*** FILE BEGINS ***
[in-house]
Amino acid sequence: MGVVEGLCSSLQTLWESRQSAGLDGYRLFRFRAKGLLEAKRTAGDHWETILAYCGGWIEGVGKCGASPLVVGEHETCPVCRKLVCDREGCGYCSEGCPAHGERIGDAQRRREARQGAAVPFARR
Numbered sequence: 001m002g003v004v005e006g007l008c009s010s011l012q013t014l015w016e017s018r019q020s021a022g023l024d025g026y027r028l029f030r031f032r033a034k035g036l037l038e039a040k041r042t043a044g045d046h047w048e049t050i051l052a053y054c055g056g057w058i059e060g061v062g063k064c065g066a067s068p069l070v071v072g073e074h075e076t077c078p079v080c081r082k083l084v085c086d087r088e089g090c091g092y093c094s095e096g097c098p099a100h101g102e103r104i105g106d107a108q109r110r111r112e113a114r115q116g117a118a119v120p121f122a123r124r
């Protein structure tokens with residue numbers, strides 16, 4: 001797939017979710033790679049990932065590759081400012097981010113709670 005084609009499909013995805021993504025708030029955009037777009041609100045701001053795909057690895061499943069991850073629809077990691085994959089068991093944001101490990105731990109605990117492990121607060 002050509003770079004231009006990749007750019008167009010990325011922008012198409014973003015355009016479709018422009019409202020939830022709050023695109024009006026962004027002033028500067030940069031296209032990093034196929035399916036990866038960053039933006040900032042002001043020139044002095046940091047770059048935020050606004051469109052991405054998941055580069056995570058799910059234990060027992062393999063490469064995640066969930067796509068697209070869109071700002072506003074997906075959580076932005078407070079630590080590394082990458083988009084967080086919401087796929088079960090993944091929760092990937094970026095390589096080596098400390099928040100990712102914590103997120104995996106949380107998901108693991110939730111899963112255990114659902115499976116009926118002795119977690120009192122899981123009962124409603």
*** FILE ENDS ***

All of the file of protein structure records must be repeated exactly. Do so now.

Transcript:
[in-house]
Amino acid sequence: MGVVEGLCSSLQTLWESRQSAGLDGYRLFRFRAKGLLEAKRTAGDHWETILAYCGGWIEGVGKCGASPLVVGEHETCPVCRKLVCDREGCGYCSEGCPAHGERIGDAQRRREARQGAAVPFARR
Numbered sequence: 001m002g003v004v005e006g007l008c009s010s011l012q013t014l015w016e017s018r019q020s021a022g023l024d025g026y027r028l029f030r031f032r033a034k035g036l037l038e039a040k041r042t043a044g045d046h047w048e049t050i051l052a053y054c055g056g057w058i059e060g061v062g063k064c065g066a067s068p069l070v071v072g073e074h075e076t077c078p079v080c081r082k083l084v085c086d087r088e089g090c091g092y093c094s095e096g097c098p099a100h101g102e103r104i105g106d107a108q109r110r111r112e113a114r115q116g117a118a119v120p121f122a123r124r
């Protein structure tokens with residue numbers, strides 16, 4: 001797939017979710033790679049990932065590759081400012097981010113709670 005084609009499909013995805021993504025708030029955009037777009041609100045701001053795909057690895061499943069991850073629809077990691085994959089068991093944001101490990105731990109605990117492990121607060 002050509003770079004231009006990749007750019008167009010990325011922008012198409014973003015355009016479709018422009019409202020939830022709050023695109024009006026962004027002033028500067030940069031296209032990093034196929035399916036990866038960053039933006040900032042002001043020139044002095046940091047770059048935020050606004051469109052991405054998941055580069056995570058799910059234990060027992062393999063490469064995640066969930067796509068697209070869109071700002072506003074997906075959580076932005078407070079630590080590394082990458083988009084967080086919401087796929088079960090993944091929760092990937094970026095390589096080596098400390099928040100990712102914590103997120104995996106949380107998901108693991110939730111899963112255990114659902115499976116009926118002795119977690120009192122899981123009962124409603």